Seek to get better, learn more, go faster, safer, simpler, when ever and where ever you can. The fact that there is always something more to learn is what drove me to a career in mountain guiding and avalanche education. It is thrilling to know there is no finish line!

Thank you Marc for continuing to inspire and challenge me from the first course I attended in 2002 to today!

See you in the mountains,

Northeast Alpine Start



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11 thoughts on “Mountain Guide Manual Clinic

  1. […] Following Antonio’s 16 pitches of climbing on Cathedral I re-scheduled his alpine climbing day to Monday based on the weather forecasts indicating some severe afternoon weather. It was with a little irony that by freeing up that day my boss asked if I could cover a Waterfall Rappelling adventure so he could attend Marc’s Guide Manual Clinic yesterday. […]

  2. Hi, thanks for sharing your thoughts. I was debating if I want to spend one of my climbing vacation day attending the clinic. I’m sure it’s helpful, but I haven’t climbed in Red Rocks for over a decade. Tough call. My question for you (hope you see this in time) is: if I’m an astute student and can study books well, do you feel that I can still gain much from the clinic beyond what I can learn from the book? Thanks!

    • Hi Mei, thanks for the comment. You question is a good one. All I can say is just about everyone I’ve seen attend the clinic whether the were aspiring guides, current guides, or recreational climbers who just wanted to improve efficiency, felt it was time well spent. I also think most people grasp these concepts more completely when they start with hands on training then follow up with self study. That said if you feel you can gain a high level of competence without instruction perhaps you can skip the clinic, it’s your call.

  3. Oh BTW, I’m not a guide and will never be, but I’m always interested in improving efficiency in system, and going fast while safe. Climbing with two seconds, or even just one who needs to be babysat, is not what I normally deal with. So, would most of the clinic content not really apply to my type of climbing?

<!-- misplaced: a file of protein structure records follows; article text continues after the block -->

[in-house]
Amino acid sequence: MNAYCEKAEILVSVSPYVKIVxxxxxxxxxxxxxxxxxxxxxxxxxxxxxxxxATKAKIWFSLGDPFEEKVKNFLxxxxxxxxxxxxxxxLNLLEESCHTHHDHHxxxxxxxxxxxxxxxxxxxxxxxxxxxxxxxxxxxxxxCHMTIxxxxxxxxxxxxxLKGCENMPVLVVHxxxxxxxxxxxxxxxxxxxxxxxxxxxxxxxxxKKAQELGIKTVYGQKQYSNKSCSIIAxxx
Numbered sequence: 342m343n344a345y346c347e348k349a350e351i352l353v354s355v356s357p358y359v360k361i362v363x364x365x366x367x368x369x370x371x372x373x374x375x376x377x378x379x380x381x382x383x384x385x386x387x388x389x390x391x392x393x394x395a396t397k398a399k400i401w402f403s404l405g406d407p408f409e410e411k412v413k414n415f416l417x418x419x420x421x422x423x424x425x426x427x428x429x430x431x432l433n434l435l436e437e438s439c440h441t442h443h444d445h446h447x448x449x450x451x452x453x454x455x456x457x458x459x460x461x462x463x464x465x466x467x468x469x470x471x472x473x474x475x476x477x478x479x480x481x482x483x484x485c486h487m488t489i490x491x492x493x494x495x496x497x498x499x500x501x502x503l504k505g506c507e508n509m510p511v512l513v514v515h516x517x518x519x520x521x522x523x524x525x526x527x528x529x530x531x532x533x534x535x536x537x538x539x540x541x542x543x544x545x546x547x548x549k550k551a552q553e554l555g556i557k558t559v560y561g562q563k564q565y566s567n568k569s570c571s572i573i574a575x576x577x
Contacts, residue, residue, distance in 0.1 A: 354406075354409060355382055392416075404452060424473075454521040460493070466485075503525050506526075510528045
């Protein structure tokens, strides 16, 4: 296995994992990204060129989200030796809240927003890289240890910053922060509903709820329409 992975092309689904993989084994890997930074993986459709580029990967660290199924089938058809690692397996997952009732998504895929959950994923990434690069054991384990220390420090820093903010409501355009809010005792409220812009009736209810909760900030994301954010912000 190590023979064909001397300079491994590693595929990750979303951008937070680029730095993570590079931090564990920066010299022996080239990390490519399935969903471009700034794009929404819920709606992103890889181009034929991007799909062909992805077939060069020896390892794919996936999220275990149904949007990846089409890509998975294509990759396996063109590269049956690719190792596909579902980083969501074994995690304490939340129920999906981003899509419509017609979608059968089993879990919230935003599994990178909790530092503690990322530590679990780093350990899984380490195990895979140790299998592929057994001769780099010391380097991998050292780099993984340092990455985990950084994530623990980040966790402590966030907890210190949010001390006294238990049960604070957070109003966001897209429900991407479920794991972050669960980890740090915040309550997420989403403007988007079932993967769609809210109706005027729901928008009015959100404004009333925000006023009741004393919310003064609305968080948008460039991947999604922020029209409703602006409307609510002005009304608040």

• To elaborate a little on your second question I’d say this type of focused training really helps broaden your ability to problem solve and “think outside the box”. As I’ve discovered after 24 years of climbing I still have a lot to learn as we keep figuring out better/quicker/safer ways to accomplish seemingly simple tasks (transition from going up to going down)…. While learning to use the back-side of the clove-hitch is simple in process what I find cool is seeing how many situations where applying it has lead not only to greater efficiency but more comfort for everyone, even if it was just two of us at an awkward anchor stance.

  4. Hi David, I just wanted to provide an update as others may stumble on this post when they search for feedback. I did skip running up an ultra classic at Red Rocks in order to attend the one day clinic and it was totally worth it. I’m really excited to incorporate the brilliant ideas in my own climbing. I’ll try my best to convince my friends to take it as well if they ever come to NorCal because the systems work the best if everyone is on the same page. Again, thanks for your time writing the post and answering my questions, David!

    • I’m so glad to hear that! I know setting aside time to train vs play can be tough but I’ve never spent a day with Marc and not walked away better for it!